You pick up book after book and read the blurbs and nothing goes in. You read the opening chapter of one, the first page of another, the first line of the next, then they all go back on the shelf. You go back to an old favourite, a classic, a comfort read, open them in the middle and read a passage and think I loved this book but I don’t want to read it again. You’re stuck. You, my friend, are in a reading rut.

We’ve all been there at one time or another and that’s exactly what has been going on with me for the past few weeks. That was until I picked up an absolutely rip-roaring thriller a couple of nights ago. So, this week’s article is a celebration of the books that have dragged me from the despair of various reading ruts over the past few years.

The book that saved me this week is ‘The Chain by Adrian McKinty‘, a stupendously entertaining and satisfying thriller with an awesome concept. A teenage girl is kidnapped from a bus stop. Two minutes later, her mother receives a phone call from the kidnappers. To get her daughter back, she must pay £25,000 into a secure account… and kidnap another child. She must choose her target wisely, someone whose parents can pay, whose parents will do anything to get their child back. No help. No police. Despite some critical success with his earlier PI series, Mckinty almost gave up writing a couple of years ago and was back driving an Uber to make ends meet, until he was encouraged to keep going by Don Winslow and Val McDermid, among others. It is lucky for thriller fans that he kept at it because ‘The Chain’ is as good an example of the genre as you’ll read.

‘Gun Love by Jennifer Clement’ is a book that loads of us at Mr B’s have read and loved, and there’s every chance you’ve had it thrust at you by someone on a visit here. Pearl is a teenager growing up on a derelict Florida trailer park, with only her mother and a small collection of neighbours for company. Bleak though this life seems, it is all she has ever known. But things change when the mysterious Eli, a drifter who smells like trouble, arrives on the scene. A shocking act of violence turns Pearl’s life upside down and so begins a reckoning with loss, grief and identity. Written in luminous prose, this is a gritty and heart-wrenching story seen through the sheen of innocence of a wholly convincing child narrator.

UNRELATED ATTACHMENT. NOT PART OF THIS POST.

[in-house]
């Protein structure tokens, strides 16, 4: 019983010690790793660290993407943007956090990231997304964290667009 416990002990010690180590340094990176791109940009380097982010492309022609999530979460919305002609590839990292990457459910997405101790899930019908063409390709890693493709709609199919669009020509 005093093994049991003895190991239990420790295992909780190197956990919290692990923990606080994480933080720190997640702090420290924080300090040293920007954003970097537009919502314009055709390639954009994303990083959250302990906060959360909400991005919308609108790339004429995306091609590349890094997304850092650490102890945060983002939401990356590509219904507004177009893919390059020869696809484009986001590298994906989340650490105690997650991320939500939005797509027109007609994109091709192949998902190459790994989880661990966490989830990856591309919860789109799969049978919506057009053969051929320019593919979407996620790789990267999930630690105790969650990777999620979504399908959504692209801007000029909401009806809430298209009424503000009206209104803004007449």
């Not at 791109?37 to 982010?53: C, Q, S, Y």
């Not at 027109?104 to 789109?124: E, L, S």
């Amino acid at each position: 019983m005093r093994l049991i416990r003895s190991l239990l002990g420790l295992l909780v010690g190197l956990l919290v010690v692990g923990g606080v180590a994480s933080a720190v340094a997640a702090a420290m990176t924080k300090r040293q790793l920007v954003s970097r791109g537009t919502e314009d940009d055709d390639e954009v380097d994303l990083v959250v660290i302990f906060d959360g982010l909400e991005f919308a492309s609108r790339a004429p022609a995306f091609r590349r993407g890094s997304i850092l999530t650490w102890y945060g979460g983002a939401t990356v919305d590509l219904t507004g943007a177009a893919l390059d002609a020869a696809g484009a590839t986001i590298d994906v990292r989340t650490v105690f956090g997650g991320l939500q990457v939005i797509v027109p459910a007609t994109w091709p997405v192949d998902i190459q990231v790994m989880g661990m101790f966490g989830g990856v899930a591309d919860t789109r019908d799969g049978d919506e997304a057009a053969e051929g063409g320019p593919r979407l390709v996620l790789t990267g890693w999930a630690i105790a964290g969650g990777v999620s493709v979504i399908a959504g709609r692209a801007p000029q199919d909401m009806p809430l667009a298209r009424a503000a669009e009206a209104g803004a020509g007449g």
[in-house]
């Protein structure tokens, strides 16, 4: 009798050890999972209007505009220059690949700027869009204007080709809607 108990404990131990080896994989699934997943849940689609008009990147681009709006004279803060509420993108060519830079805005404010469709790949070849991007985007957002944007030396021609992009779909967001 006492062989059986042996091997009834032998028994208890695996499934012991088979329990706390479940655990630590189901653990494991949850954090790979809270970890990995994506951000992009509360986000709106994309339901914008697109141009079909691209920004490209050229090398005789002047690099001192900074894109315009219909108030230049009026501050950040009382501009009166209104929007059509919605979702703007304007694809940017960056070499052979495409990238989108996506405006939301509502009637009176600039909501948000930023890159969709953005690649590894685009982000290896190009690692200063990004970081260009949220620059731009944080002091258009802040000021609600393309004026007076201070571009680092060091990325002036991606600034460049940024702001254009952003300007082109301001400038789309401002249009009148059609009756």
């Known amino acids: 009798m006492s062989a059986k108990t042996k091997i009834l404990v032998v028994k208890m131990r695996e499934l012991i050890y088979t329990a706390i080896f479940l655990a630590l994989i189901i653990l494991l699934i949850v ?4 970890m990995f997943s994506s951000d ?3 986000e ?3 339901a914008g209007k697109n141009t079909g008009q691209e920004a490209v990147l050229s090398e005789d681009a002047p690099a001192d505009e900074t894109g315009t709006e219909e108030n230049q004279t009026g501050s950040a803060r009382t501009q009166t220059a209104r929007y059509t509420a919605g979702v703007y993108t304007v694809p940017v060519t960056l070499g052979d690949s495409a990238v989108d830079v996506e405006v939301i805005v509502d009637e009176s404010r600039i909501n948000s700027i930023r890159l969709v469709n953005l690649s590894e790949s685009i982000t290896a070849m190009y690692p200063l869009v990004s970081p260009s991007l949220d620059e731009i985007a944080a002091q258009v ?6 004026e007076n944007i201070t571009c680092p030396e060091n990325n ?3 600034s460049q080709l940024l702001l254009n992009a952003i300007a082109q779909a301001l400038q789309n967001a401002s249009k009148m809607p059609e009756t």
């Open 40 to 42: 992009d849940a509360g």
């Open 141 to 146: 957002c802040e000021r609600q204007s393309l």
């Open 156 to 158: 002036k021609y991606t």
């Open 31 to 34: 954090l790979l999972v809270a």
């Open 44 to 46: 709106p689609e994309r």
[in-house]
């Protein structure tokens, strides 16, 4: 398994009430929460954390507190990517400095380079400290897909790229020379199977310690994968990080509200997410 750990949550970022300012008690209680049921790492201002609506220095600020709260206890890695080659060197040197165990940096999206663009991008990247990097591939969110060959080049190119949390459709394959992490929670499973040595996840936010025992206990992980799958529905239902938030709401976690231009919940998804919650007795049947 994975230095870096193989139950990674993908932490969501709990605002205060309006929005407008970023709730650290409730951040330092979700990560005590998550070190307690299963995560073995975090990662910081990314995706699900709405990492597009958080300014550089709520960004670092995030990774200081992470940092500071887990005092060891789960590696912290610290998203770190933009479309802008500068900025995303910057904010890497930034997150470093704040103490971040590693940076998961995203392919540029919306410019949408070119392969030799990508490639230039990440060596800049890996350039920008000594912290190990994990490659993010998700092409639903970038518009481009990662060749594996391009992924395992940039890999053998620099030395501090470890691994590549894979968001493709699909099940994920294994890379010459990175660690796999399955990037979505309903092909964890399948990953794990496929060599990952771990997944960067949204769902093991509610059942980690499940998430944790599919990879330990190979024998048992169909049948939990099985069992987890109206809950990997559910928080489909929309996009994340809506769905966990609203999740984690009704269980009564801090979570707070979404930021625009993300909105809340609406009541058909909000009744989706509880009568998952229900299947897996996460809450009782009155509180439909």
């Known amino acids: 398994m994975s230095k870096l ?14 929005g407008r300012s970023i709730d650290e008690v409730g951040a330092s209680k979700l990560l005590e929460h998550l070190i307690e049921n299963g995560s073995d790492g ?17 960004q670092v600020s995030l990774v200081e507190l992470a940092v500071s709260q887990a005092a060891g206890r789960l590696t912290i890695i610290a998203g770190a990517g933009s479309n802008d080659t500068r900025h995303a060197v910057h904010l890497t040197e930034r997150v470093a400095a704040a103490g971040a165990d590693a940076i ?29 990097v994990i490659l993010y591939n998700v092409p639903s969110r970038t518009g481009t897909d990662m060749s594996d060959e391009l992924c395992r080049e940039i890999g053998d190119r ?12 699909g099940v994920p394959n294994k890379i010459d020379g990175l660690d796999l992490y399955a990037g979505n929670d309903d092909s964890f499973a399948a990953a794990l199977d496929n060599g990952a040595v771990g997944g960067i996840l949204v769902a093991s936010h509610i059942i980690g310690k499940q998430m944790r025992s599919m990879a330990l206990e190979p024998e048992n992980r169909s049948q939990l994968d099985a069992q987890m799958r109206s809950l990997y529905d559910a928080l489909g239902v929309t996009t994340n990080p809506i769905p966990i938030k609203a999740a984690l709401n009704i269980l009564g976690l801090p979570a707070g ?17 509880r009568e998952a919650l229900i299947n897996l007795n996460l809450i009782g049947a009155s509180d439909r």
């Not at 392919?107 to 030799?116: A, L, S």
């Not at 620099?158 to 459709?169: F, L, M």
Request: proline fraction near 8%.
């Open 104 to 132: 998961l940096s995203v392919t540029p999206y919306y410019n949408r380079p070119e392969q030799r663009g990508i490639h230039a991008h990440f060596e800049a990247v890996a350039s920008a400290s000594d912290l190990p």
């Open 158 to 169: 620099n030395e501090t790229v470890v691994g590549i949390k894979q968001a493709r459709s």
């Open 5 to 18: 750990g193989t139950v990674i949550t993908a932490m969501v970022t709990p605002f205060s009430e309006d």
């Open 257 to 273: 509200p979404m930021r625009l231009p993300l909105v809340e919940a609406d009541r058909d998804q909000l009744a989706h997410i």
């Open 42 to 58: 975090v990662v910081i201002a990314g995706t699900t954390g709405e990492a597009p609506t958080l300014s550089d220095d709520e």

Another beloved author around these parts is the brilliant Benjamin Myers. His majestic ‘The Offing’ has been one of our favourite books of 2020. But it was his previous novel, ‘The Gallows Pole’, that helped me out of a fix. Based on the true story of The Cragg Vale Coiners, it tells the tale of one of the greatest ever frauds against the British state. Led by the charismatic, diabolical David Hartley, this group of peasants and farmers developed a way of forging coins, which they used to build great wealth. But when one of their own becomes turncoat, things turn bloody. Myers’ roaring tale of forgery and murder is gritty, raw and rendered in prose that seems hewn from the earth itself.